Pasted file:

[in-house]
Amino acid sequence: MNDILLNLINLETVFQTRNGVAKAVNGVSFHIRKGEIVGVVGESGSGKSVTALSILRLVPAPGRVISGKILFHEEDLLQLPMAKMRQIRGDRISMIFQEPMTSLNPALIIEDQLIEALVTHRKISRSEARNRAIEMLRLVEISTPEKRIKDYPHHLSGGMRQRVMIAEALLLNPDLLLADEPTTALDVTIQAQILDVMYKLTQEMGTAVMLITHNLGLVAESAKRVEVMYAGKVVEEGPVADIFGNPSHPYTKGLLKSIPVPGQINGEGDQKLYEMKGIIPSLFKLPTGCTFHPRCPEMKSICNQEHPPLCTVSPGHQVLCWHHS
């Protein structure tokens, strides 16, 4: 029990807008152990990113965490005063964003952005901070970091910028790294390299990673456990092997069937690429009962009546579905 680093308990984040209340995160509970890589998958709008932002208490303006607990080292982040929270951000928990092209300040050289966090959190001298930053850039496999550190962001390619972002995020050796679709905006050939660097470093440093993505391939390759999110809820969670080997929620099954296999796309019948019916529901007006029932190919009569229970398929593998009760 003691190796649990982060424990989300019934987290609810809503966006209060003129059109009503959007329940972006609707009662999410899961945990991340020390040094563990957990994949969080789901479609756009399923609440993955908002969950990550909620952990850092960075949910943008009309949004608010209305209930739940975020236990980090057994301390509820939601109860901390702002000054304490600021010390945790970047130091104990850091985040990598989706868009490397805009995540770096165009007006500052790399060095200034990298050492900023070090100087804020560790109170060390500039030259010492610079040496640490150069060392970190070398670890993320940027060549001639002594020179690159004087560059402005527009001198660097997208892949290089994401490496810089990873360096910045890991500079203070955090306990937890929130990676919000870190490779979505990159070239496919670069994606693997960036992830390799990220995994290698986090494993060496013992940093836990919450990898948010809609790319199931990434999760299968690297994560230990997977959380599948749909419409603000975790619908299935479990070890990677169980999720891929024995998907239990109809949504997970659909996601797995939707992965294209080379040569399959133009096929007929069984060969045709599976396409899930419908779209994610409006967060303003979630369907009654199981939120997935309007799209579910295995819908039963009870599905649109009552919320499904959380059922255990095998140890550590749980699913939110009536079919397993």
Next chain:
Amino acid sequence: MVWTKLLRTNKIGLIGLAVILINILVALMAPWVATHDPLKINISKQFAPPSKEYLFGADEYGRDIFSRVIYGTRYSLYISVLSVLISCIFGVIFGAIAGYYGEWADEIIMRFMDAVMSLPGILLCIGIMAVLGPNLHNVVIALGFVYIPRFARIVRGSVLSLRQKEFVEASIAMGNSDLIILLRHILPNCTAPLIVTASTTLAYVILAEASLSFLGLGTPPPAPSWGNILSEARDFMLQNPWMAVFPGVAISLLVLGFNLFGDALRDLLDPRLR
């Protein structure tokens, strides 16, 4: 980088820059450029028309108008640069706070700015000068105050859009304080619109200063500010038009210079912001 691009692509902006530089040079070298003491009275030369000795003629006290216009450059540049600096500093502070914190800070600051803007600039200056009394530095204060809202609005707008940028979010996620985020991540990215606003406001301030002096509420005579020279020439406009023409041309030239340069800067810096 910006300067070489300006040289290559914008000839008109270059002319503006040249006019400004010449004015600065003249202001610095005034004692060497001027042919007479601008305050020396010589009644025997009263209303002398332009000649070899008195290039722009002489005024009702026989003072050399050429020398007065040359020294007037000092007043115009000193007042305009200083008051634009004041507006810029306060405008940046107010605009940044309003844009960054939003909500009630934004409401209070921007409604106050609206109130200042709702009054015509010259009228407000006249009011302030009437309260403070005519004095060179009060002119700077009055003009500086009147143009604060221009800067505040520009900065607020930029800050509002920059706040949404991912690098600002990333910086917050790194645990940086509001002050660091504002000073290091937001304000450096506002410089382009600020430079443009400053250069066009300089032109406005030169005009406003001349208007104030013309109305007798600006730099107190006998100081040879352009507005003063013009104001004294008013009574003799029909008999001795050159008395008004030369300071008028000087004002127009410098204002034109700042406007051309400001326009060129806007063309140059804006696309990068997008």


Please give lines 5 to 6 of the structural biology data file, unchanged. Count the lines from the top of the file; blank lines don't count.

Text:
Amino acid sequence: MVWTKLLRTNKIGLIGLAVILINILVALMAPWVATHDPLKINISKQFAPPSKEYLFGADEYGRDIFSRVIYGTRYSLYISVLSVLISCIFGVIFGAIAGYYGEWADEIIMRFMDAVMSLPGILLCIGIMAVLGPNLHNVVIALGFVYIPRFARIVRGSVLSLRQKEFVEASIAMGNSDLIILLRHILPNCTAPLIVTASTTLAYVILAEASLSFLGLGTPPPAPSWGNILSEARDFMLQNPWMAVFPGVAISLLVLGFNLFGDALRDLLDPRLR
């Protein structure tokens, strides 16, 4: 980088820059450029028309108008640069706070700015000068105050859009304080619109200063500010038009210079912001 691009692509902006530089040079070298003491009275030369000795003629006290216009450059540049600096500093502070914190800070600051803007600039200056009394530095204060809202609005707008940028979010996620985020991540990215606003406001301030002096509420005579020279020439406009023409041309030239340069800067810096 910006300067070489300006040289290559914008000839008109270059002319503006040249006019400004010449004015600065003249202001610095005034004692060497001027042919007479601008305050020396010589009644025997009263209303002398332009000649070899008195290039722009002489005024009702026989003072050399050429020398007065040359020294007037000092007043115009000193007042305009200083008051634009004041507006810029306060405008940046107010605009940044309003844009960054939003909500009630934004409401209070921007409604106050609206109130200042709702009054015509010259009228407000006249009011302030009437309260403070005519004095060179009060002119700077009055003009500086009147143009604060221009800067505040520009900065607020930029800050509002920059706040949404991912690098600002990333910086917050790194645990940086509001002050660091504002000073290091937001304000450096506002410089382009600020430079443009400053250069066009300089032109406005030169005009406003001349208007104030013309109305007798600006730099107190006998100081040879352009507005003063013009104001004294008013009574003799029909008999001795050159008395008004030369300071008028000087004002127009410098204002034109700042406007051309400001326009060129806007063309140059804006696309990068997008």